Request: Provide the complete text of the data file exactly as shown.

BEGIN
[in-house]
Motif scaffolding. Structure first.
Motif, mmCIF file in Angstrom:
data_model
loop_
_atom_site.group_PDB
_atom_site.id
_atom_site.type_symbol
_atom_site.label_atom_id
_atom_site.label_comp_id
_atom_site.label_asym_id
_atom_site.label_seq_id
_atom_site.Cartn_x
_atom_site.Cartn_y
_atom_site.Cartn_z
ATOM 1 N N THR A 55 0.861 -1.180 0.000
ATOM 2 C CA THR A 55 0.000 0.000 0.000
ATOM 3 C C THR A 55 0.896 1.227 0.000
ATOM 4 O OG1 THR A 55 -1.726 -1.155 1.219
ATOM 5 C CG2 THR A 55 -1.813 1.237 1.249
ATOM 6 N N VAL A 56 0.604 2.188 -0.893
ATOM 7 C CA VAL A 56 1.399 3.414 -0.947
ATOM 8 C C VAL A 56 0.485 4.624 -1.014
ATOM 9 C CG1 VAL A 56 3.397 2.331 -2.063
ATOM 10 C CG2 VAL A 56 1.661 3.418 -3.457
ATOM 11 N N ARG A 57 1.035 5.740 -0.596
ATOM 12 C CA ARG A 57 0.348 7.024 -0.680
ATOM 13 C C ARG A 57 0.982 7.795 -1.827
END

[in-house]
Motif scaffolding. Structure first.
Motif, mmCIF file in Angstrom:
data_model
loop_
_atom_site.group_PDB
_atom_site.id
_atom_site.type_symbol
_atom_site.label_atom_id
_atom_site.label_comp_id
_atom_site.label_asym_id
_atom_site.label_seq_id
_atom_site.Cartn_x
_atom_site.Cartn_y
_atom_site.Cartn_z
ATOM 1 N N THR A 55 0.861 -1.180 0.000
ATOM 2 C CA THR A 55 0.000 0.000 0.000
ATOM 3 C C THR A 55 0.896 1.227 0.000
ATOM 4 O OG1 THR A 55 -1.726 -1.155 1.219
ATOM 5 C CG2 THR A 55 -1.813 1.237 1.249
ATOM 6 N N VAL A 56 0.604 2.188 -0.893
ATOM 7 C CA VAL A 56 1.399 3.414 -0.947
ATOM 8 C C VAL A 56 0.485 4.624 -1.014
ATOM 9 C CG1 VAL A 56 3.397 2.331 -2.063
ATOM 10 C CG2 VAL A 56 1.661 3.418 -3.457
ATOM 11 N N ARG A 57 1.035 5.740 -0.596
ATOM 12 C CA ARG A 57 0.348 7.024 -0.680
ATOM 13 C C ARG A 57 0.982 7.795 -1.827